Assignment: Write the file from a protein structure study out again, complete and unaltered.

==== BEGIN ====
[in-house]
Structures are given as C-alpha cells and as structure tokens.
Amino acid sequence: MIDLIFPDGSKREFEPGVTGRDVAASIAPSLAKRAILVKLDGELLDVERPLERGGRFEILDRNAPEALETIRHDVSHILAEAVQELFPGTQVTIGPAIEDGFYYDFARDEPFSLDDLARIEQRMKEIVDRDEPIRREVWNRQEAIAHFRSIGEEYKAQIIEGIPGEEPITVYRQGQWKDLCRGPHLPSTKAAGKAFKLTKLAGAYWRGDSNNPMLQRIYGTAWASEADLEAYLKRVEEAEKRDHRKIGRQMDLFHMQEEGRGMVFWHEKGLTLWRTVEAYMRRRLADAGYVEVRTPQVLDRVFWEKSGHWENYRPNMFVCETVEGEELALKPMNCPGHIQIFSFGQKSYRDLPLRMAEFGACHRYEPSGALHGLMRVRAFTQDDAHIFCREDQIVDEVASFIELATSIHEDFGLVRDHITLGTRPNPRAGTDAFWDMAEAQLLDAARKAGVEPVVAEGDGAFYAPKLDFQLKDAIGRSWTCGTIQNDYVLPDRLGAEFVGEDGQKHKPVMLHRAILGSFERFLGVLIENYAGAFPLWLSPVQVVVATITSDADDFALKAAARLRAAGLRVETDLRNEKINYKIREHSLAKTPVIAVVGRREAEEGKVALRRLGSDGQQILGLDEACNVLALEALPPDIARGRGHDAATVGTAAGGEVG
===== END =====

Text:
[in-house]
Structures are given as C-alpha cells and as structure tokens.
Amino acid sequence: MIDLIFPDGSKREFEPGVTGRDVAASIAPSLAKRAILVKLDGELLDVERPLERGGRFEILDRNAPEALETIRHDVSHILAEAVQELFPGTQVTIGPAIEDGFYYDFARDEPFSLDDLARIEQRMKEIVDRDEPIRREVWNRQEAIAHFRSIGEEYKAQIIEGIPGEEPITVYRQGQWKDLCRGPHLPSTKAAGKAFKLTKLAGAYWRGDSNNPMLQRIYGTAWASEADLEAYLKRVEEAEKRDHRKIGRQMDLFHMQEEGRGMVFWHEKGLTLWRTVEAYMRRRLADAGYVEVRTPQVLDRVFWEKSGHWENYRPNMFVCETVEGEELALKPMNCPGHIQIFSFGQKSYRDLPLRMAEFGACHRYEPSGALHGLMRVRAFTQDDAHIFCREDQIVDEVASFIELATSIHEDFGLVRDHITLGTRPNPRAGTDAFWDMAEAQLLDAARKAGVEPVVAEGDGAFYAPKLDFQLKDAIGRSWTCGTIQNDYVLPDRLGAEFVGEDGQKHKPVMLHRAILGSFERFLGVLIENYAGAFPLWLSPVQVVVATITSDADDFALKAAARLRAAGLRVETDLRNEKINYKIREHSLAKTPVIAVVGRREAEEGKVALRRLGSDGQQILGLDEACNVLALEALPPDIARGRGHDAATVGTAAGGEVG